Friday, October 21, 2005

PANEL: Breaking Into The Christian Market



Mary Griffith, Stacy Hawkins Adams, Jacquelin Thomas, Cheri Paris Edwards

Learn about what it takes to break into the Christian Market.

Post your questions in the comment section.

Please read the previous comments before you post, so we don’t have duplicate questions.

Please address your question to a panel member or all panel members.

Click on the comments link to post a question. Don’t forget your registration #


Elaine said...

I have several years' experience of leading small groups and Bible studies. I don't see much call for Bible studies in Christian publications (they appear to want qualified pastors or staff writers for those).

So my question is: How do I find ideas for ways to write about my knowledge and experience without resorting to Bible studies?

Thanks for your help.

Elaine (Badge 23)

Cheri said...

Hi Elaine,
I am unclear from your question whether you are looking to write fiction, or non-fiction. Either way I think your Bible Study leadership can be an invaluable resource for Christian writing. A past lesson can be the foundation for a story or novel. And, your knowledge of the Word will keep your writing grounded in His truth. In fiction, I believe it is the storytelling technique that identifies one writer from another. As a new author I can testify that it is through writing, writing and more writing that this voice, unique to each of us, reveals itself. So, I encourage to do just that until God gives you more direction. Keep writing in any format you can!

Elaine said...

Hi Cheri (and everyone else in the panel)
I was thinking about non-fiction when I asked the question, but I have recently started to write a novel. I didn't imagine I could use my experiences for a story. Thanks so much for suggesting that. I'm so used to writing Bible studies that it didn't occur to me that I could use what I know for fiction. How exciting! Thank you.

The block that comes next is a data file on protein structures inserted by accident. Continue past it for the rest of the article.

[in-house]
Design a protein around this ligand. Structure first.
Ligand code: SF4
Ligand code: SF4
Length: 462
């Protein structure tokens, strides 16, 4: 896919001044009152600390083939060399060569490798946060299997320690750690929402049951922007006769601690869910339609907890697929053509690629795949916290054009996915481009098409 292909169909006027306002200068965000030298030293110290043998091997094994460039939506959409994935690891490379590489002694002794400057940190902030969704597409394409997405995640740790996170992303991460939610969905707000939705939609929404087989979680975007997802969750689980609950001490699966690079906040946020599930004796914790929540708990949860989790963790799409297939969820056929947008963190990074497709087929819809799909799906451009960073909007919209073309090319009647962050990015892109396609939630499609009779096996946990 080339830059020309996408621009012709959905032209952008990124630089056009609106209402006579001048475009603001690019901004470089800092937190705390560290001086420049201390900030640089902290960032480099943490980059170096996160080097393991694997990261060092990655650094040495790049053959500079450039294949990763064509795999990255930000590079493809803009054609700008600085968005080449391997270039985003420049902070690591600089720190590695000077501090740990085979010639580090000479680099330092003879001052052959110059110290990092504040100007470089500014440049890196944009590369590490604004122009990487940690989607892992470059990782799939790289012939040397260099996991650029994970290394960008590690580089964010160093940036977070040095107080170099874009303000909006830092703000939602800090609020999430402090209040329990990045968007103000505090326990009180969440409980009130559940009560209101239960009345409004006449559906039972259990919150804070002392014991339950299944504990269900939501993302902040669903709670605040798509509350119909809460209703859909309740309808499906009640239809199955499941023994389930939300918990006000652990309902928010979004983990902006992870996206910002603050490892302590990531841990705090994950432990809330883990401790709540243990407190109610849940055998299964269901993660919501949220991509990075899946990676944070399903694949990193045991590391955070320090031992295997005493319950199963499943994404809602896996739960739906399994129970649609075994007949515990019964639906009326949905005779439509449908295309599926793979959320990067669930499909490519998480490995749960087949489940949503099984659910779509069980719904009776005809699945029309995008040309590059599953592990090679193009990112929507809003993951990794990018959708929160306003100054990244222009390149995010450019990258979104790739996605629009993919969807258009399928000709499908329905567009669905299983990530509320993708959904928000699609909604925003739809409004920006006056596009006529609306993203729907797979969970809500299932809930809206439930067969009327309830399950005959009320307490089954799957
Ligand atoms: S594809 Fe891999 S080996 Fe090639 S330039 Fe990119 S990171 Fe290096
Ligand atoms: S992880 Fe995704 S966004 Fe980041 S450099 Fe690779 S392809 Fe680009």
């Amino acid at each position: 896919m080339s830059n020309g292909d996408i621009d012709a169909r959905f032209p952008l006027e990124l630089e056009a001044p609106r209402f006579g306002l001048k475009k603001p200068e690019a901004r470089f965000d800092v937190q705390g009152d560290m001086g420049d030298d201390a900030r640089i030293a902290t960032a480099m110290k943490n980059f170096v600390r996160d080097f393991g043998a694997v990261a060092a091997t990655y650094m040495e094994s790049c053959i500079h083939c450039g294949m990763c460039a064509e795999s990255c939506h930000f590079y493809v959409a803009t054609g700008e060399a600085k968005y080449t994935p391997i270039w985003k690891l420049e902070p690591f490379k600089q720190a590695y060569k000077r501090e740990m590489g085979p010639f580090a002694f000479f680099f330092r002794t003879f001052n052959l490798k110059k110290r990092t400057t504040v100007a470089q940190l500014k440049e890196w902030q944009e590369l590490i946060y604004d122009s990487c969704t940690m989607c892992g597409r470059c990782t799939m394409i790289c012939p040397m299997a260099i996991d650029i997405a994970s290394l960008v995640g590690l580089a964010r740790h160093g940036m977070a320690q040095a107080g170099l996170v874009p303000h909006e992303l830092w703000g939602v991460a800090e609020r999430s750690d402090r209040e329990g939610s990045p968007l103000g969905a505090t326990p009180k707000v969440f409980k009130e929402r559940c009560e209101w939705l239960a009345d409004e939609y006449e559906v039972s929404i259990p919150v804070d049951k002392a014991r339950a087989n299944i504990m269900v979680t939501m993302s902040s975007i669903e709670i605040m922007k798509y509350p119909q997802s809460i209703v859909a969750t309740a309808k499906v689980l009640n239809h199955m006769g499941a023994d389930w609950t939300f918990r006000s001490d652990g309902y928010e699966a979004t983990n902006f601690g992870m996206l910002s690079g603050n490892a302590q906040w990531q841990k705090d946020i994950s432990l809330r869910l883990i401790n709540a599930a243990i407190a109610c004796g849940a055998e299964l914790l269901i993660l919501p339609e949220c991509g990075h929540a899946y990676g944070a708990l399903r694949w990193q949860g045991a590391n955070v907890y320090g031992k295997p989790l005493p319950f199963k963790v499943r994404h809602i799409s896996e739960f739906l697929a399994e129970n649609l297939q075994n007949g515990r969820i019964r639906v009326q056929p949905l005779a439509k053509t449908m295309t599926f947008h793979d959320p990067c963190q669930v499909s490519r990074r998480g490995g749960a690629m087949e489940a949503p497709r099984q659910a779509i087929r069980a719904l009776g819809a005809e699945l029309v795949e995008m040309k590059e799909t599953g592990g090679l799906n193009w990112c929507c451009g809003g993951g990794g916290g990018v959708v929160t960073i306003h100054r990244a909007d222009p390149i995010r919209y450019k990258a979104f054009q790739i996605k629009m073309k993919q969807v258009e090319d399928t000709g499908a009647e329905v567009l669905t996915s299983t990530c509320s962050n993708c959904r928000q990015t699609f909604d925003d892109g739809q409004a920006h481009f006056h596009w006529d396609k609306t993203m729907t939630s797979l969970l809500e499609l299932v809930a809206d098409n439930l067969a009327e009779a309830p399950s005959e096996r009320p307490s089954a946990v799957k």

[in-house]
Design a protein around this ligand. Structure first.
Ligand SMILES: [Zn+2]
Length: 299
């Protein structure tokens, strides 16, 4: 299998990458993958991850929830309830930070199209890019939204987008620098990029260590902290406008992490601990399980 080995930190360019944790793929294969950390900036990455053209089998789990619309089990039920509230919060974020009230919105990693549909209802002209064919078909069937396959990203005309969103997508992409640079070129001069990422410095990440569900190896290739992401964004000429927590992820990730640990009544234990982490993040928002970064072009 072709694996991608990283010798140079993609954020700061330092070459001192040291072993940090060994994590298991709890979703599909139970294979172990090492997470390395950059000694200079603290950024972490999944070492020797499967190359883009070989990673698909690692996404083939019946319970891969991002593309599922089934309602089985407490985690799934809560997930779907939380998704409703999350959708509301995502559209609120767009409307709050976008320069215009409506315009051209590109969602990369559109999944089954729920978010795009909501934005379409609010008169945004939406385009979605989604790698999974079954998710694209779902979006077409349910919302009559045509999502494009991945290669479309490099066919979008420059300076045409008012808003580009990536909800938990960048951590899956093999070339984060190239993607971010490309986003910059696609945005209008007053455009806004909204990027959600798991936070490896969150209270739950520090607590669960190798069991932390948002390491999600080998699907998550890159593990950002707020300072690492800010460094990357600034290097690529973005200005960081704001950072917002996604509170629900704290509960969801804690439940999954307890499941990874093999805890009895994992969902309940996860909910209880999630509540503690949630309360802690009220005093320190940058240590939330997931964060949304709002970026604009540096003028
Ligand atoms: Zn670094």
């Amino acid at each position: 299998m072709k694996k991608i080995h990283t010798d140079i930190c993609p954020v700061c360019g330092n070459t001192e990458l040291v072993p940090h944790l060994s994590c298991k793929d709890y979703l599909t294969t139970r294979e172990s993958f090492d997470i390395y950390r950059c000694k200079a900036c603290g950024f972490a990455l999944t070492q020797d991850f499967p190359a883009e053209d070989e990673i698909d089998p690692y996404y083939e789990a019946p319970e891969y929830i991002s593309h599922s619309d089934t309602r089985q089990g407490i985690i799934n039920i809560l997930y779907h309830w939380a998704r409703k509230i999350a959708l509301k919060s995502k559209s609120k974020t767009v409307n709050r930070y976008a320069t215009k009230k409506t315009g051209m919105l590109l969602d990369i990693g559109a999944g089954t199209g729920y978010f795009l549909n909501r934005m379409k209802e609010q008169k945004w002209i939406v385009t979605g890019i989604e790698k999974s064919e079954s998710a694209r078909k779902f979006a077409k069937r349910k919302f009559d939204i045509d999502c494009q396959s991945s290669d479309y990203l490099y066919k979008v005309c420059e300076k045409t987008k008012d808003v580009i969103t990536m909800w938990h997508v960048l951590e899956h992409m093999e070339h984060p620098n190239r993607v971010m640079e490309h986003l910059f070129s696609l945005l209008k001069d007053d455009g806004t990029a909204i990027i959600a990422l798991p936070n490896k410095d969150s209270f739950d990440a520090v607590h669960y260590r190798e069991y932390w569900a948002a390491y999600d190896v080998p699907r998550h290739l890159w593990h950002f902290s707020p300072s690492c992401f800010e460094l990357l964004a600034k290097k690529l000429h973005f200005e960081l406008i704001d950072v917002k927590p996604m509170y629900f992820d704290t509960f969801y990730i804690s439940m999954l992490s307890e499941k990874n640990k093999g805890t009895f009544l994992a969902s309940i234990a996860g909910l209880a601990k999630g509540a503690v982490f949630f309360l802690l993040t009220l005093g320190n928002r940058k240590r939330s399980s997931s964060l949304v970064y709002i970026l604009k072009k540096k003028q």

I still enjoy writing non-fiction, though. What I wondered was whether there was some way in which I could write Bible studies for magazines without having to go through Bible college to prove to editors that I know what I'm talking about? Can anyone give me some pointers on how to move forward in this area?

Elaine said...

Ooops! That last questions was by me, Elaine, Badge 23

Cheri said...

Hi Elaine,
Though I'm no expert on this question I'll give it my best shot and hope another will chime in later. Like you, I initially wanted to write non-fiction and found that it is easier for those who are educated or considered expert in a particular field to get published initially. It is my understanding however, that self-publishing is a good alternative for non-fiction writers. Another alternative might be to become part of an anthology and I believe there is a panel here discussing that. Hope this helps...

Anonymous said...

Hi, I just logged in, and noticed that the main link to this panel discussion doesn't work. I got in via "Previous posts".

Anne (badge 171)

Stacy Hawkins Adams said...

Hi Everyone,

I also had to log in by going through the Previous Posts section. I hope everyone who's interested will find this panel and find answers to your questions. I'm Stacy Hawkins Adams, author of the Christian fiction novel "Speak To My Heart." I'm also an inspirational columnist for a daily newspaper. I'm honored to serve as a panelist today and will be checking in occasionally to help answer questions. To chime in on Cheri's response to Elaine's questions, I agree that you can pull nuggets of wisdom or find issues in your Bible studies that mirror issues people face today. Being an expert in a particular field does make it easier to get your foot in the door with freelance writing devotionals or getting a book deal, but the most important things are to make sure that your writing is engaging, that the message you're sharing is sincere and that it makes an impact on your readers. Once you've got the writing down, finding the right market for your work will be a little easier.
Stacy (Badge 32)

Wilma Wall said...

Hi all! I'm Wilma Wall, author of inspirational novels Forbidden and Jade Bracelet. I found it impossible to break into the Christian market until I subscribed to an online manuscript service which deals with both inspirational fiction and nonfiction. That opened the door for me. Even when they don't accept a submission, they give a critique so the writer can edit the material to a higher standard.